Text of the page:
lunes, 15 de junio de 2015

Children of Time, by Adrian Tchaikovsky

(Disclaimer: English is my second language, so I want to apologize in advance for there may be mistakes in the text below. If you find any, please let me know so that I can correct it. I'd really appreciate it. Thanks.)

Review Soundtrack: I suggest reading this review while listening to Children of the Earth, by Praying Mantis (Spotify, YouTube).

Adrian Tchaikovsky is better known for his Shadow of the Apts series of 10 epic fantasy novels. However, and although I own a couple of those books (one of them even signed by the author) and I've been meaning to read them for some time now, my previous experience with the author's work only includes a handful of short stories and the short novel Spiderlight (which I really, really enjoyed). Now I've also read Children of Time and it has only made me want to read more of his novels. 

Children of Time consists of two main plot lines, told in alternating chapters, that sometimes converge at some points. Of these two threads, one focuses on the story of a spaceship in which we find the last remnants of humanity, looking for a planet to live on after the destruction of Earth. The other is set on a terraformed planet where an experiment went wrong, making a species of spiders evolve unnaturally fast. Although the part of the humans is interesting and has some brilliant moments, the chapters of the spiders are just excellent and worth reading the novel alone.   

In them, Tchaikovsky manages to weave a story that has a distinct classic flavor. While reading it, I couldn't help recalling works by Hal Clement or Robert Forward and, especially, The Crucible of Time by John Brunner. In fact, this plot in which an alien species has to face some kind of global threat and only can overcome it with the use of science can be found also in more modern novels such as Learning the World, by Ken MacLeod, A Darkling Sea, by James L. Cambias, or Incadescence and The Clockwork Rocket, by Greg Egan.

There is also another parallel with that latter Egan's novel, for Tchaikovsky very intelligently uses the social and biological organization of the Portia spiders to approach interesting and important gender issues from an unexpected perspective:
Several of her closer friends are holding court there at the centre of a worshipful knot of younger females and fluttering, dancing males. Their dances are courtship rituals that they constantly almost, but not quite, consummate. Other than menial labour, this is the place of a male in Portia’s society: adornment, decoration, simply to add value to the lives of females. The larger, more notable or more important a female is, the more males will dance attendance on her. Hence, having a crowd of uselessly elegant males around one is a status symbol. (...)
The act of courtship is consummated as a public ritual, where the hopeful males – in their moment of prominence – perform in front of a peer group, or even the whole city, before the female chooses her partner and accepts his package of sperm. She may then kill and eat him, which is thought to be a great honour for the victim, although even Portia suspects that the males do not quite see it that way.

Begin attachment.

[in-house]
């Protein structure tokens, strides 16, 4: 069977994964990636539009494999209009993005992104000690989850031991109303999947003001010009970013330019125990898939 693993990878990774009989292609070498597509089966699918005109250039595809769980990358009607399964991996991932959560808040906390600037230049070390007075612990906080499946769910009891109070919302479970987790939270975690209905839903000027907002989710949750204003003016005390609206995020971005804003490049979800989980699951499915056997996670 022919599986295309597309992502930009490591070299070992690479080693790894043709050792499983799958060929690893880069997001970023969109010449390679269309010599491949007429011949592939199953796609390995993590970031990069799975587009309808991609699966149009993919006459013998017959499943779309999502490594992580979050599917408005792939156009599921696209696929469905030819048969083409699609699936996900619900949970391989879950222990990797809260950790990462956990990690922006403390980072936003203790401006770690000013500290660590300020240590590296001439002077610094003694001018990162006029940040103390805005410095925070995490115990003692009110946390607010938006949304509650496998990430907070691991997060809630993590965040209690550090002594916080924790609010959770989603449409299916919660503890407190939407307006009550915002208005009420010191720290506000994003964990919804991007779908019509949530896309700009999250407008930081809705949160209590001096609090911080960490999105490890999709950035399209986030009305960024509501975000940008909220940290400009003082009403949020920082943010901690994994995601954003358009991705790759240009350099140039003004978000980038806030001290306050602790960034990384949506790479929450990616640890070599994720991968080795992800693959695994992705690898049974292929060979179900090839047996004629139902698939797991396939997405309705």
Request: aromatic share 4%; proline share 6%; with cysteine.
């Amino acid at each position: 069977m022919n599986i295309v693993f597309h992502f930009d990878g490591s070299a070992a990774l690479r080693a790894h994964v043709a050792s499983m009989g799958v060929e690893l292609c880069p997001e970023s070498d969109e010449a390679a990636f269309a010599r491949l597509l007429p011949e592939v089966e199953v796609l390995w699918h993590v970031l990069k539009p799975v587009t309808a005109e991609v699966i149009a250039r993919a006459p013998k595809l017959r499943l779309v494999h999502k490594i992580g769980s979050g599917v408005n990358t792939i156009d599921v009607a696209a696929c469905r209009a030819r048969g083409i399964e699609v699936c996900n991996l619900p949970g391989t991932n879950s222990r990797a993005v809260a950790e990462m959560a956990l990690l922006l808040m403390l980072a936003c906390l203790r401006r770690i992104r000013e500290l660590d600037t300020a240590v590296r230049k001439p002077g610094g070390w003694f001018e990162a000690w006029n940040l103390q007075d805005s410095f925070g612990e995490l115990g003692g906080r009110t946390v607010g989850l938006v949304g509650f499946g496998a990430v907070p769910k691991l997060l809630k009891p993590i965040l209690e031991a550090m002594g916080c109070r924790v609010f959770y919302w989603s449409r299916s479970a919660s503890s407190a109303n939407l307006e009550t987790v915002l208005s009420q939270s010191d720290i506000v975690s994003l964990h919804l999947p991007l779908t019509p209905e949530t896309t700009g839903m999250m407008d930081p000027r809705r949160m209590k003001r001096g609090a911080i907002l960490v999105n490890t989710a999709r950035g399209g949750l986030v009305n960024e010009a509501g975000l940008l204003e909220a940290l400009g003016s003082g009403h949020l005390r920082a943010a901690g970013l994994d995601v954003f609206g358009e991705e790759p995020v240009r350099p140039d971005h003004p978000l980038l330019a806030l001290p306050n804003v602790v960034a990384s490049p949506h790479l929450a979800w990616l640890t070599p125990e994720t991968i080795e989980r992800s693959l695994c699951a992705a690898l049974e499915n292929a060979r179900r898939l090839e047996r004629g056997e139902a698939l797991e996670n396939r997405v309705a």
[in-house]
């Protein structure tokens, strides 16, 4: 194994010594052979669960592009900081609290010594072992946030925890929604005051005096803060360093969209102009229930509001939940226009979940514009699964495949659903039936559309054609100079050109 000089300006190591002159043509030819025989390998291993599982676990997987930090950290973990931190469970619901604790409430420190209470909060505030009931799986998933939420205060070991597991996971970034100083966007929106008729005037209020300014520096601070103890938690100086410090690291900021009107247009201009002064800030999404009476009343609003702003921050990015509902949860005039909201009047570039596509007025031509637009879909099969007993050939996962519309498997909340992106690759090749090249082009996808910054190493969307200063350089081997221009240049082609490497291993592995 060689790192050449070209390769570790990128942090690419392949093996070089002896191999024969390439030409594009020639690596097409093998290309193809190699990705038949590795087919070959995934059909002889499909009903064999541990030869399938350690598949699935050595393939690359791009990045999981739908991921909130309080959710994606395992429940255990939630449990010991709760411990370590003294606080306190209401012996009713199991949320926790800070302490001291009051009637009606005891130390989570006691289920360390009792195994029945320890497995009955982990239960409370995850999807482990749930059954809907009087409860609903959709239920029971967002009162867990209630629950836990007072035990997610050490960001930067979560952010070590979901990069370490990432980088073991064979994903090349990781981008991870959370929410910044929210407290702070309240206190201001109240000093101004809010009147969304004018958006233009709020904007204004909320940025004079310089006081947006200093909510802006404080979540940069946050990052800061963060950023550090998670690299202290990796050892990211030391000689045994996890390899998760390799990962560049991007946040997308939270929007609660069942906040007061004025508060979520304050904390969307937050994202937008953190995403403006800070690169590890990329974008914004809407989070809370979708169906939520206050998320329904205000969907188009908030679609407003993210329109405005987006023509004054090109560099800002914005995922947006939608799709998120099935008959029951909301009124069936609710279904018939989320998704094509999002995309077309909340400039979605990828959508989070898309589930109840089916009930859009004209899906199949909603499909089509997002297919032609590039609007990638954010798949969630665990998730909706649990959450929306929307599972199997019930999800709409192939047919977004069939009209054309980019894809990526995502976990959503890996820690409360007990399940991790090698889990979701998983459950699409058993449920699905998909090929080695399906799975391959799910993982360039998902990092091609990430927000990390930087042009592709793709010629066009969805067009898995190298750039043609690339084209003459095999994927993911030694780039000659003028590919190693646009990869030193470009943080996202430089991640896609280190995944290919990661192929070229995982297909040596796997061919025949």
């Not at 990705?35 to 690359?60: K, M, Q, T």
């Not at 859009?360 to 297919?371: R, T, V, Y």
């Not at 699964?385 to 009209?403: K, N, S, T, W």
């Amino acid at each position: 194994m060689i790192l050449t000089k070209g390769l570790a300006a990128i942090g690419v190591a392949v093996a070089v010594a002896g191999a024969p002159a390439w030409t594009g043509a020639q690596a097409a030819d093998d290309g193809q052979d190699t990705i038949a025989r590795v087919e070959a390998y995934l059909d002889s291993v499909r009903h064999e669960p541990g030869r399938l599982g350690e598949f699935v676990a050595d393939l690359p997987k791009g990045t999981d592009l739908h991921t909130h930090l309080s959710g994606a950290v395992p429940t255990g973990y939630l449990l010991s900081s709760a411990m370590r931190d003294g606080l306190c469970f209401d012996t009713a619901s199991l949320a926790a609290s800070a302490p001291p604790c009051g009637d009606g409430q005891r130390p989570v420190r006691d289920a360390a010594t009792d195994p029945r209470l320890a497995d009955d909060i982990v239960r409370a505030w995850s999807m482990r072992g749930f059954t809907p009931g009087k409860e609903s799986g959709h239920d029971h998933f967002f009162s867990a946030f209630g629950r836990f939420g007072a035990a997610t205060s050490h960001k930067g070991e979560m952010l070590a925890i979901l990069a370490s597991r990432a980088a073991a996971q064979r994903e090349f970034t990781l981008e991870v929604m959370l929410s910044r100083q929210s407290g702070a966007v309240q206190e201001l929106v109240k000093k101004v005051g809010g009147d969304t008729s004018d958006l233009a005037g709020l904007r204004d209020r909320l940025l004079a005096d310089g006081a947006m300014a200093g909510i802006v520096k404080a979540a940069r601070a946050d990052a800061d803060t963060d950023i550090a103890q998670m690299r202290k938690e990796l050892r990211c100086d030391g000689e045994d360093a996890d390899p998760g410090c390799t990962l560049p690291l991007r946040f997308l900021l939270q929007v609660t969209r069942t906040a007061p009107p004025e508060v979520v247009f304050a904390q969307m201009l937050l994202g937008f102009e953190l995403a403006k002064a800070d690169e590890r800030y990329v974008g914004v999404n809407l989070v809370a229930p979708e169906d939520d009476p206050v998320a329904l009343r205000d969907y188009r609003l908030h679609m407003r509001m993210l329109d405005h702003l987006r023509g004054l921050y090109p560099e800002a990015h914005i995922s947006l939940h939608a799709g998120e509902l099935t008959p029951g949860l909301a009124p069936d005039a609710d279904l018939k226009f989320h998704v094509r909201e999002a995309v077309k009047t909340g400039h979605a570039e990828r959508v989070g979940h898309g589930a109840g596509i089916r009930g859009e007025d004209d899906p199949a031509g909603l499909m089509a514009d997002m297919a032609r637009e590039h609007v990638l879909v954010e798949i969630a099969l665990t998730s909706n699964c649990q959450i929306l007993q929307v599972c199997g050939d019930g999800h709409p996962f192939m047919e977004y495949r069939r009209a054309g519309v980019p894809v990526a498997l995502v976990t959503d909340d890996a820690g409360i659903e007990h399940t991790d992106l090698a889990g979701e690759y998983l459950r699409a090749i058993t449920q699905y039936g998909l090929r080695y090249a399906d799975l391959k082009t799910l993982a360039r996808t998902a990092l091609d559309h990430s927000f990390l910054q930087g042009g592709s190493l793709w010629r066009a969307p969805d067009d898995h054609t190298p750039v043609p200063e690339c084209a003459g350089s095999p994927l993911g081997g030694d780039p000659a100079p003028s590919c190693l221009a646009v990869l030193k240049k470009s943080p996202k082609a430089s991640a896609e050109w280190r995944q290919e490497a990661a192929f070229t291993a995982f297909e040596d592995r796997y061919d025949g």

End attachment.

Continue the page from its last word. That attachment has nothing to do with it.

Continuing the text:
It is a mark of how far her species has come, that this is the only openly acceptable time when killing a male is considered appropriate. It is, however, quite true that packs of females – especially younger ones, perhaps newly formed peer groups seeking to strengthen their bonds – will descend to the lower reaches of the city and engage in hunting males. The practice is covertly overlooked – girls will be girls, after all – but overtly frowned upon.
The social and scientific evolution of the spiders is a delight to read. The almost perfect pace, the thought-provoking speculation, the action scenes... all is perfectly measured and balanced and, in fact, could have been and stand-alone story on its own. I did especially like the development of a kind of biological computer that is not only interesting as a wonderful idea but very relevant to the story. Also, I found the technique of using generic templates for the spider characters (Portia, Bianca, Fabian... this last one with a really appropriate name) not only very original, but also a brilliant choice given the social memory that the spiders share.  

Compared to the spiders' part, the chapters in which we follow of the humans pale quite a bit. In more than one occasion, I had the impression that the author needed the spiders to develop to a point where they could interact with the humans in a certain way and thus made the humans go on some errands that were not that interesting. What is more, I found the main human character, Holsten Mason, a bit unappealing, being someone to whom things happen more than someone that makes things happen. Fortunately, once the two plots merge, everything becomes much more interesting and the ending is superb, tying all the loose threads but, at the same time, opening the possibility of a sequel that I'd very much like to read.

All in all, Children of Time is a very good novel and I highly recommend it. It has all the elements that I like when reading a science fiction book: interesting ideas, good pace, some action, intriguing and well-developed alien species and a wonderful use of science. I have enjoyed it a lot and I am looking forward to finding some time to start reading the Shadows of the Apt series. 

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